We walked around some more, trying to stay inside as much as possible to keep warm. We wanted to find a coffeeshop where we could simply sit and relax, but even on a Monday (when we thought everyone would be working), the shops were teeming with people. We even tried one coffeeshop that’s tucked away on the ground floor of a Club Monaco, Café Myriade. It continued the unique Montréal trend of blending retail shops with other services like coffee, pastries, delis, barbers, etc. Perhaps this is how we save brick and mortar establishments from online Goliaths?

With no success at finding somewhere warm to sit, we retreated to the Ritz and decided to treat ourselves to a pre-finale stop at Maison Boulud. We sat at the bar and basked in the elegance of the restaurant. The bartender treated us warmly, as if we had entered his home. He broke down the menu options with the knowledge of a professionally trained host. My wife was compelled to try it all and went with the lunch tasting menu that was a little over $40. She also selected a French wine from their extensive list. The wine bottles refrigerated behind clear doors surrounding the bar were obviously too inviting to refuse. Yours truly did not imbibe as I was the designated driver.

My sober state did not prevent me from indulging in a veal tortellini, however, which was served in a warm soupy broth. It was the perfect end to a trip filled with fantastic food. We sat there in pure bliss until it was time to finish our holiday at the casino.

One note on the casino – it’s terribly difficult to get to in an Uber or Lyft. If you do not drive yourself, you’re required to take a shuttle, so make sure your ride drops you off at the shuttle pick-up location, which is in a parking lot near the entrance (maybe a mile or so away). We drove since we were on our way out of town – the parking garage is free (they want to get people in!).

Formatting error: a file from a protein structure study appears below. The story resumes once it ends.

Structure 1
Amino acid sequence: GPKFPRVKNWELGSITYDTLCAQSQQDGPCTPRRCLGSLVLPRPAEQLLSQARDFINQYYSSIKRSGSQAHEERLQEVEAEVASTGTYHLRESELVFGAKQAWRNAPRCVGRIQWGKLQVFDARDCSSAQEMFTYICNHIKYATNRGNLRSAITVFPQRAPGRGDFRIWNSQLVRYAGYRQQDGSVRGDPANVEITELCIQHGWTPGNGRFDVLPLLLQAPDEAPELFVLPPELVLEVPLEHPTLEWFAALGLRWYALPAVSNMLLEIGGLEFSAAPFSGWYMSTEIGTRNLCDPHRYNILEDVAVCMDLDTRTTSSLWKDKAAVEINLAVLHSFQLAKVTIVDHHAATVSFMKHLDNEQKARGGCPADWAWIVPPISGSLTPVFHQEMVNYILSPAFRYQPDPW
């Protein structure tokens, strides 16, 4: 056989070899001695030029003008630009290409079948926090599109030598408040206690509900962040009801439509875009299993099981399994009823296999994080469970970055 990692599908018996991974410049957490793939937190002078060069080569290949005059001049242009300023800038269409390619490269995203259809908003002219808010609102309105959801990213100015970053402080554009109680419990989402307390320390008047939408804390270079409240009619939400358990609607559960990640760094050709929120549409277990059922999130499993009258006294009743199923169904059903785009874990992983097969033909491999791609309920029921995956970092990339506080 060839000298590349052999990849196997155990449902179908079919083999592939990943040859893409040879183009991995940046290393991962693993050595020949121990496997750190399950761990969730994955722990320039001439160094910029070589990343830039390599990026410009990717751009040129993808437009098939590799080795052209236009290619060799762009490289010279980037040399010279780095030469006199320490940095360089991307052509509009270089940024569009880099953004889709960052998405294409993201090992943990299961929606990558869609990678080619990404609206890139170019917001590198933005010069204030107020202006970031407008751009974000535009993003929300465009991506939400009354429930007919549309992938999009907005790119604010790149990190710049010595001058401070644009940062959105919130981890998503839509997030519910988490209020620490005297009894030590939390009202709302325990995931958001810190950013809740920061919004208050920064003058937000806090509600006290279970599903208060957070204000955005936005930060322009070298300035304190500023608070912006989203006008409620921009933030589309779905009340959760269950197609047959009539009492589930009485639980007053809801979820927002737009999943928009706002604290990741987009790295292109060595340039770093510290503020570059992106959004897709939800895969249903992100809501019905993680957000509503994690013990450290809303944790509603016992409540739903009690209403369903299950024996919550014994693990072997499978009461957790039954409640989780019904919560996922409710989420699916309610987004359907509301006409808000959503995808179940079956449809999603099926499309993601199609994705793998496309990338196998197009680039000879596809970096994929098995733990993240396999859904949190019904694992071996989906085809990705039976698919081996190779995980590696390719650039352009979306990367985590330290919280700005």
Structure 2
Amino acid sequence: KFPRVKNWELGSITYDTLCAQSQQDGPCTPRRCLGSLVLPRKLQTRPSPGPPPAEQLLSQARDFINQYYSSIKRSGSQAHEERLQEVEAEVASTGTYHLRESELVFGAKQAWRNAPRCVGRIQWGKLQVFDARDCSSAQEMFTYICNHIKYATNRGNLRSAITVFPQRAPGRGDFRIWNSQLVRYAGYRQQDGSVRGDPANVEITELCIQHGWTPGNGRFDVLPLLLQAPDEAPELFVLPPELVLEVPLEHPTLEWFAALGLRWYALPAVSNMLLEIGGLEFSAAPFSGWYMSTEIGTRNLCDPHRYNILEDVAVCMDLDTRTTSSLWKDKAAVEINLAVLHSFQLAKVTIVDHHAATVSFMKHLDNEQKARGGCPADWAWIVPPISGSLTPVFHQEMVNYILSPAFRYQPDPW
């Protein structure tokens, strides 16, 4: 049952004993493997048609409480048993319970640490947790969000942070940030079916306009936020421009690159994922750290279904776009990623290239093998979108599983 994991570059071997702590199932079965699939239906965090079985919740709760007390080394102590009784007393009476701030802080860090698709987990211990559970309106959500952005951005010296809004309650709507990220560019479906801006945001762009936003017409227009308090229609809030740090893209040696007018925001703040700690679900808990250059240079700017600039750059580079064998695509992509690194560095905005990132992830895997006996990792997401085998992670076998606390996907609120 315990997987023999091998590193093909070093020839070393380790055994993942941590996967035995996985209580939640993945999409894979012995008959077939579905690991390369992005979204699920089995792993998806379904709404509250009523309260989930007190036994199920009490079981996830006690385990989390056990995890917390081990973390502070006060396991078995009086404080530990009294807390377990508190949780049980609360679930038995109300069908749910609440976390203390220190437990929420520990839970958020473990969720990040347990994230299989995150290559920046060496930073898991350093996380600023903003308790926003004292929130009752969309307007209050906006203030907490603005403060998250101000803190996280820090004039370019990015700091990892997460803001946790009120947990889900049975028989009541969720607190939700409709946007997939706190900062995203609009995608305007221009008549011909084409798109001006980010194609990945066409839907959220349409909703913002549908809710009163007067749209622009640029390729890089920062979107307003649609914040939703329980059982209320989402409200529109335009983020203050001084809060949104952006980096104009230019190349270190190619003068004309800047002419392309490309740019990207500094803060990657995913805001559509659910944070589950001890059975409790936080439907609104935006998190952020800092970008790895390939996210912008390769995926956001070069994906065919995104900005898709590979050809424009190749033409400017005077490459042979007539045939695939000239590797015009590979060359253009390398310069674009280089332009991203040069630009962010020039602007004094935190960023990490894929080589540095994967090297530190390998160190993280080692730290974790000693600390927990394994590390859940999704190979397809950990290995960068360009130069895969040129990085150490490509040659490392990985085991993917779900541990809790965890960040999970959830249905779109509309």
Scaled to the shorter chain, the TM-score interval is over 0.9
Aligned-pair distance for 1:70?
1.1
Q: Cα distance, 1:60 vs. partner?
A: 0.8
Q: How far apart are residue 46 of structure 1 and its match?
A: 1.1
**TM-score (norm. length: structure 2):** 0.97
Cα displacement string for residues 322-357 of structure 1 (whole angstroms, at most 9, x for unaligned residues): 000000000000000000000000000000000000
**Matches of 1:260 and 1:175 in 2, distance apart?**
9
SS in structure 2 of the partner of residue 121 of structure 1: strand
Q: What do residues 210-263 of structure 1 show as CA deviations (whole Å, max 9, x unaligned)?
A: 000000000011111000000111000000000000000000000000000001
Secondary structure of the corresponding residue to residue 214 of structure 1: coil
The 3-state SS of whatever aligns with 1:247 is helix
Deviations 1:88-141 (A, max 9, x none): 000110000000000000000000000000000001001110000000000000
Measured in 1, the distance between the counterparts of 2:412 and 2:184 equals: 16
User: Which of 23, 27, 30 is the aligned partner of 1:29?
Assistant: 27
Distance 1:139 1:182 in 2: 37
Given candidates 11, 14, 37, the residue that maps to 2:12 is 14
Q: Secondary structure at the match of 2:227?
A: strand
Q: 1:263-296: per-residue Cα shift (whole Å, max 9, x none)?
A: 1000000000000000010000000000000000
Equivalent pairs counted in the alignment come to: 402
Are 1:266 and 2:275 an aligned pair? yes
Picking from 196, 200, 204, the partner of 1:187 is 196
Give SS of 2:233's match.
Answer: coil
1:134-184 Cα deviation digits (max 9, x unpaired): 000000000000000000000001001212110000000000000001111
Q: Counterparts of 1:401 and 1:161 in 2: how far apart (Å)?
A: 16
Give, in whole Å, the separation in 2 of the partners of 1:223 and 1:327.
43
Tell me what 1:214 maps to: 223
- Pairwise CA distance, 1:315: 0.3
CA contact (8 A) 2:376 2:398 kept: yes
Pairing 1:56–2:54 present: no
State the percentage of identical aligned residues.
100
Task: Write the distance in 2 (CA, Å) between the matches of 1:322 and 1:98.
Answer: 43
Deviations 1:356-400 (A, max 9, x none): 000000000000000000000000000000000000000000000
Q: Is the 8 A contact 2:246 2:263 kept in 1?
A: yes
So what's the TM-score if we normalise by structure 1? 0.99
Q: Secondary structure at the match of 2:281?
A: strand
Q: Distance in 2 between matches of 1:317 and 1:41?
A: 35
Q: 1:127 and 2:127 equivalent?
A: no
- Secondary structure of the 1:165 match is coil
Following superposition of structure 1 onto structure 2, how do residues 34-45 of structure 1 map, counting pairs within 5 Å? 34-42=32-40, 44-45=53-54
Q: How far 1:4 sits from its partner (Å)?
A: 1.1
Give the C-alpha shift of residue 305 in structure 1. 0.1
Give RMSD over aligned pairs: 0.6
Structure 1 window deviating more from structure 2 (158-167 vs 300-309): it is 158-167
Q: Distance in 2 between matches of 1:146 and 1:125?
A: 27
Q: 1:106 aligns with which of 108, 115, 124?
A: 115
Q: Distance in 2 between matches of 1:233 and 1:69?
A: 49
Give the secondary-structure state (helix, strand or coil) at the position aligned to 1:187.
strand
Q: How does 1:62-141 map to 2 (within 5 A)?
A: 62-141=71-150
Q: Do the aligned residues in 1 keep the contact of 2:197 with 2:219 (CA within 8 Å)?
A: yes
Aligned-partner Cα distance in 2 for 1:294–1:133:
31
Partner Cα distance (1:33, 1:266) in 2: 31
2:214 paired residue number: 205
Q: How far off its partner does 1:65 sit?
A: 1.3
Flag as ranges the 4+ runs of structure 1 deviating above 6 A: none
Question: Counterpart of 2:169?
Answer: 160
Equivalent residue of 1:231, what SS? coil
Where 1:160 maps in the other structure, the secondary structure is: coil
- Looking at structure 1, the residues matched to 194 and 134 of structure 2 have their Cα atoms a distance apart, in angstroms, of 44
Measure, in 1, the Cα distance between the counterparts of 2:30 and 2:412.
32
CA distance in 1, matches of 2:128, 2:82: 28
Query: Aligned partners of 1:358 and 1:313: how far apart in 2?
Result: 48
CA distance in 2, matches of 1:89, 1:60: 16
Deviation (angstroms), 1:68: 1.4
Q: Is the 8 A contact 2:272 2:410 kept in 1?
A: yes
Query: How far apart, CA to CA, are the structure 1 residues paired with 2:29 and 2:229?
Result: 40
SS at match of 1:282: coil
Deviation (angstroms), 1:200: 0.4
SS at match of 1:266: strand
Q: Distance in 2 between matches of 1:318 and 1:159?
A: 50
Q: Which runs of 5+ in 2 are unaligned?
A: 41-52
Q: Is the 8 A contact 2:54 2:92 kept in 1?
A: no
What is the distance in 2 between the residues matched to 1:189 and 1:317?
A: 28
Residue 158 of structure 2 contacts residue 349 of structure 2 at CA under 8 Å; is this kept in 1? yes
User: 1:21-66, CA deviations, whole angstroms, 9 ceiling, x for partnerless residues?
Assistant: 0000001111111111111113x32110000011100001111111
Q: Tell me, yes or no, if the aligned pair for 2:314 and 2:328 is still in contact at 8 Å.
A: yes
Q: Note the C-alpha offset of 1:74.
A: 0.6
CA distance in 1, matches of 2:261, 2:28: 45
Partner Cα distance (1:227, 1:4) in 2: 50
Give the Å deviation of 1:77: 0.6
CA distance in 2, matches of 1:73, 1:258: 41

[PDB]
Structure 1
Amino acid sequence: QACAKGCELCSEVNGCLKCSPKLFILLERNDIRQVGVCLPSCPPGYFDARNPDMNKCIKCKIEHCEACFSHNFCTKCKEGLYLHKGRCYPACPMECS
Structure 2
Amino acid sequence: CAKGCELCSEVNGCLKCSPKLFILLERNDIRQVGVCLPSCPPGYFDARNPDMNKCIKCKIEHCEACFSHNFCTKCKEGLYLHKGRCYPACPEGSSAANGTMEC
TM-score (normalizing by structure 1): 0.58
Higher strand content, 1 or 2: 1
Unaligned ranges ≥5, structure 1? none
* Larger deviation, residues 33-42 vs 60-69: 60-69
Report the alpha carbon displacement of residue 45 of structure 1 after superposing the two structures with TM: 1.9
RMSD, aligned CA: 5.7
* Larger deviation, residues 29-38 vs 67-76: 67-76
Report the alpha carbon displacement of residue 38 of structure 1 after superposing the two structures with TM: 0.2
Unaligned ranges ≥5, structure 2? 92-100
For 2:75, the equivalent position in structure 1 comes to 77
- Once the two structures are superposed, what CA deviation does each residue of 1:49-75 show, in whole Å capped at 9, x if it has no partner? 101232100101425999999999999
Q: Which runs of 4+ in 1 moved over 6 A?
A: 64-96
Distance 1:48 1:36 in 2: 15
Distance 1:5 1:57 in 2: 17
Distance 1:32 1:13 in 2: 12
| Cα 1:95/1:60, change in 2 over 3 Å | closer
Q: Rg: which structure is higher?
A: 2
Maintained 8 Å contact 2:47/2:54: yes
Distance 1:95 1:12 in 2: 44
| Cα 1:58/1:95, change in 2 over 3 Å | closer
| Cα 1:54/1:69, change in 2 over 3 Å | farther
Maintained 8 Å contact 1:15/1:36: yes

We were glad we went. The casino is a huge structure, spanning over 5 floors filled with slots, tables, restaurants, bars, and more. There are even self-service stations with complimentary soda, coffee, tea, and water. Las Vegas, take note. You can tell my wife had fun:

We’ll be back!

We may have frozen our asses off all weekend, but the wealth of culture and cuisine in Montréal more than made up for it. We will definitely be back, perhaps in the spring or summer, when the city comes alive for festival season. So if you live in the United States and have the urge to visit somewhere classy and culturally enriching, forget Europe. Head to Montréal. Even when you’re freezing your ass off, this city warms you with life.